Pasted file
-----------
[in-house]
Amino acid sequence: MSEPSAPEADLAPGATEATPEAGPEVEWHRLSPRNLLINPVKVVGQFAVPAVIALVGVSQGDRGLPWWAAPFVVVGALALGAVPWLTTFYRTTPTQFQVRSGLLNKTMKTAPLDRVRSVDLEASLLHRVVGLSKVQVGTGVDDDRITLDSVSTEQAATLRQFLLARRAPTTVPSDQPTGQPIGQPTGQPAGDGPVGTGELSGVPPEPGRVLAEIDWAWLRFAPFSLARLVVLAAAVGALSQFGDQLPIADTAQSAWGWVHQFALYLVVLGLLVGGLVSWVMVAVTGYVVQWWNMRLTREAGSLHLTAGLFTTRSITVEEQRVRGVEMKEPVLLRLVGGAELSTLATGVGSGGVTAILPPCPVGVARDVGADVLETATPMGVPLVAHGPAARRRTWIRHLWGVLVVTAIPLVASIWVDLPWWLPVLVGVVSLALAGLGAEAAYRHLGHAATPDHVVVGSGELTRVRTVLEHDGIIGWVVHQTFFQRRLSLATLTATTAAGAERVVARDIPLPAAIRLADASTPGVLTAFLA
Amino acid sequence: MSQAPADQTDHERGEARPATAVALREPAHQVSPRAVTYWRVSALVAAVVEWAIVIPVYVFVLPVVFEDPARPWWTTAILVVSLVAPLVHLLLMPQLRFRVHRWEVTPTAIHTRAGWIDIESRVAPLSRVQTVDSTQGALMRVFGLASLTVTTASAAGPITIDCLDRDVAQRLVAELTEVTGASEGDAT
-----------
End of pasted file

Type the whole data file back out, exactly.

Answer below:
[in-house]
Amino acid sequence: MSEPSAPEADLAPGATEATPEAGPEVEWHRLSPRNLLINPVKVVGQFAVPAVIALVGVSQGDRGLPWWAAPFVVVGALALGAVPWLTTFYRTTPTQFQVRSGLLNKTMKTAPLDRVRSVDLEASLLHRVVGLSKVQVGTGVDDDRITLDSVSTEQAATLRQFLLARRAPTTVPSDQPTGQPIGQPTGQPAGDGPVGTGELSGVPPEPGRVLAEIDWAWLRFAPFSLARLVVLAAAVGALSQFGDQLPIADTAQSAWGWVHQFALYLVVLGLLVGGLVSWVMVAVTGYVVQWWNMRLTREAGSLHLTAGLFTTRSITVEEQRVRGVEMKEPVLLRLVGGAELSTLATGVGSGGVTAILPPCPVGVARDVGADVLETATPMGVPLVAHGPAARRRTWIRHLWGVLVVTAIPLVASIWVDLPWWLPVLVGVVSLALAGLGAEAAYRHLGHAATPDHVVVGSGELTRVRTVLEHDGIIGWVVHQTFFQRRLSLATLTATTAAGAERVVARDIPLPAAIRLADASTPGVLTAFLA
Amino acid sequence: MSQAPADQTDHERGEARPATAVALREPAHQVSPRAVTYWRVSALVAAVVEWAIVIPVYVFVLPVVFEDPARPWWTTAILVVSLVAPLVHLLLMPQLRFRVHRWEVTPTAIHTRAGWIDIESRVAPLSRVQTVDSTQGALMRVFGLASLTVTTASAAGPITIDCLDRDVAQRLVAELTEVTGASEGDAT